Endometriosis Awareness Month: Can acupuncture help ease the pain?
With March marking Endometriosis Awareness Month, it seems an ideal time to raise awareness of the positive impact acupuncture can have for sufferers of this chronic and often debilitating medical condition.
According to the latest statistics*, endometriosis affects 1 in 10 women in the UK. And celebrities including Amy Schumer, Alexa Chung and Chrissy Teigen have spoken out about their struggle.
What is endometriosis?
According to the NHS, endometriosis is one of the most painful health conditions to cope with.
It occurs when cells – like the ones in the lining of the womb – are found elsewhere in the body, such as the fallopian tubes, ovaries or along the pelvis. Each month these cells react in the same way as those in the womb, building up and then breaking down and bleeding. But, unlike the cells in the womb that leave the body as a period, this blood has no escape.
This internal bleeding can lead to irritation, inflammation, pain and the formation of scar tissue.
What are the symptoms of endometriosis?
- Very painful menstrual cramps
- Pain with periods that gets worse over time
- Chronic pain in the lower back and pelvis
- Pain during or after sex
- Intestinal pain
- Painful bowel movements or urination during menstrual periods
- Heavy and/or long menstrual periods
- Spotting or bleeding between periods
- Women with endometriosis may also have gastrointestinal problems, such as diarrhoea, constipation or bloating – especially during their periods.
So, how can acupuncture help with endometriosis?
Traditional treatments for endometriosis include the steroid Danazol, painkillers like Ibuprofen or Paracetamol, or in some cases, an operation. But if you’re looking for an alternative complementary therapy, why not try acupuncture?
Founded over 300 years ago in China, acupuncture was developed to help maintain the body’s overall balance. After careful examination of their patients, Chinese practitioners observed that there are passages within the body known as meridians through which energy, or Chi flows.
It is believed that destruction of these paths causes physical and emotional imbalance. And the insertion of acupuncture needles works to restore mental and physical wellness by stimulating pressure points within the body. This stimulation releases endorphins and allows the free flow of energy to continue.
Osteopath, Denise Callaghan is trained in both Medical and Traditional Chinese Medical Acupuncture. She has also studied alongside experts in China to perfect her technique. Denise now uses acupuncture in conjunction with osteopathy and has treated patients with conditions from pain to addiction, receiving great testimony to the benefits of this combined approach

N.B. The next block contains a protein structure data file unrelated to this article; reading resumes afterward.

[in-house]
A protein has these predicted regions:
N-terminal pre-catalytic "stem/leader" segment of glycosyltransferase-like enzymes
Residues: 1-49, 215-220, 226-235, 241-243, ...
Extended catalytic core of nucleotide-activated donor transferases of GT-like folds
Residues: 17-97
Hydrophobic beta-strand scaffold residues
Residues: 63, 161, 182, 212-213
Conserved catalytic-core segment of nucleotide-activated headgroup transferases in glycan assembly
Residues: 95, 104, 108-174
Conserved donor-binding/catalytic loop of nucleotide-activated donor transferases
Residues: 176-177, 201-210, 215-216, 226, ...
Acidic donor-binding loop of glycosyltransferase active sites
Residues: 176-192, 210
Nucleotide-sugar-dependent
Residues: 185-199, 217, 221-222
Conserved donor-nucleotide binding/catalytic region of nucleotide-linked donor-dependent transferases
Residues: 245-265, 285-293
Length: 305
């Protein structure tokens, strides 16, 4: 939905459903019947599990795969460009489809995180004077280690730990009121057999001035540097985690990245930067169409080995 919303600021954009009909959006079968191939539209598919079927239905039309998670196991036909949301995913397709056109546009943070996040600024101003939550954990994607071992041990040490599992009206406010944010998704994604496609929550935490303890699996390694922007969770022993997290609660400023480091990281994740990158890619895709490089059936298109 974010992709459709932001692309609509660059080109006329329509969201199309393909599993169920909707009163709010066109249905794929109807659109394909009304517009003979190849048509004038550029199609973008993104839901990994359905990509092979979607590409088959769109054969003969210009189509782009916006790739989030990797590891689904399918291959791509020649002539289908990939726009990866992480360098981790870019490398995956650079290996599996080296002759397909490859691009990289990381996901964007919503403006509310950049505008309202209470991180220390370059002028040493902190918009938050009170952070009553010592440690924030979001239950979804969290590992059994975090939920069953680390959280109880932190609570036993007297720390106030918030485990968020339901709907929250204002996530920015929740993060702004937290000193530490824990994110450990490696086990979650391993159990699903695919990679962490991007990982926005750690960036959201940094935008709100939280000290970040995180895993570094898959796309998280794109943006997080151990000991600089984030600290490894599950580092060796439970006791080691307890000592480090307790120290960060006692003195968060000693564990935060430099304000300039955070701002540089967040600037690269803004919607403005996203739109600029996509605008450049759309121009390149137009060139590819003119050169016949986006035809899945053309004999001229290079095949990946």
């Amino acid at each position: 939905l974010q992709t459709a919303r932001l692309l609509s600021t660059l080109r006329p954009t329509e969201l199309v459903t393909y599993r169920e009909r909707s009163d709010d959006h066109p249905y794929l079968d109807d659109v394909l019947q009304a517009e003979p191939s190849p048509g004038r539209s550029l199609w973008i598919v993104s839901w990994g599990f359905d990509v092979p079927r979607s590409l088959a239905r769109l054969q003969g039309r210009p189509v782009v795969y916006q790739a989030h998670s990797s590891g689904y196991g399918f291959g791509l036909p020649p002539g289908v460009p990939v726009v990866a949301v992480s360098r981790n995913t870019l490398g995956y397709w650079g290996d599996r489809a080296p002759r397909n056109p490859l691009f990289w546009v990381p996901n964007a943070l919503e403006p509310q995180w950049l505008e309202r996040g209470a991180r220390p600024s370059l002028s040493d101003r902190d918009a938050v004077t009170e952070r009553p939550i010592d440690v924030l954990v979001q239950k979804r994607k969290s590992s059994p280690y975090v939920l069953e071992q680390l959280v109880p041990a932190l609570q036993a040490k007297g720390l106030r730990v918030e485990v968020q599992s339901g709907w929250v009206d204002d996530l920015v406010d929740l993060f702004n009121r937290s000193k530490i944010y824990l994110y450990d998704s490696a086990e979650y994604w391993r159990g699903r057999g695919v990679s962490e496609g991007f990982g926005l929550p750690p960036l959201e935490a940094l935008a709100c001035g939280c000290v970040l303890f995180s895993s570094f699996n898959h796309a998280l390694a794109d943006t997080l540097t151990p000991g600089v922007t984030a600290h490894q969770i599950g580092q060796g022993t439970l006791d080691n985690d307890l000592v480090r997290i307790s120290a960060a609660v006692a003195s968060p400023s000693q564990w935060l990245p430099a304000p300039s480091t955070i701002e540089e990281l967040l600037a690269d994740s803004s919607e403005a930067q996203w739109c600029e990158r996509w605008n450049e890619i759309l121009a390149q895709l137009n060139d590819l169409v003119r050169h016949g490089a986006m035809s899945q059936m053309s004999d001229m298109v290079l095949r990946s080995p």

What do studies show?
In a 2006 study in the International Journal of Clinical Acupuncture, researchers concluded that the combined use of acupuncture and Chinese herbal medicine had a ‘significant effect on endometriosis and the adverse reactions are less than with danazol’.
Whilst another study in the same year confirmed that the Shu-Mu acupuncture point combination needling method had an ‘obvious therapeutic effect on endometriosis with lower adverse effects than danazol’.
Acupuncture has been used to treat pain for centuries, but new research has shown that it can ‘significantly reduce period pain by at least 50% for up to a year.
But don’t just take our word for it. This is what one of Denise’s patients had to say:
“Denise is very supportive and knowledgeable. I have suffered from severe premenstrual and menstrual pain since I was 14. I am now 40. After attending Denise for acupuncture treatment, the pain is minimal. Thank you Denise!”
As we’ve written previously, acupuncture is safe for everyone to use and it can make you feel very relaxed.
The idea of needles may suggest otherwise, but acupuncture is also relatively painless (honest!). The needles are so fine that even confirmed needle-haters may hardly notice them. Sometimes there’s tingly or a dull ache, but that’s a sign that Chi is being stimulated.
Please do get in touch today if you’d like to find out more about how acupuncture can help with your endometriosis, Denise would be happy to help.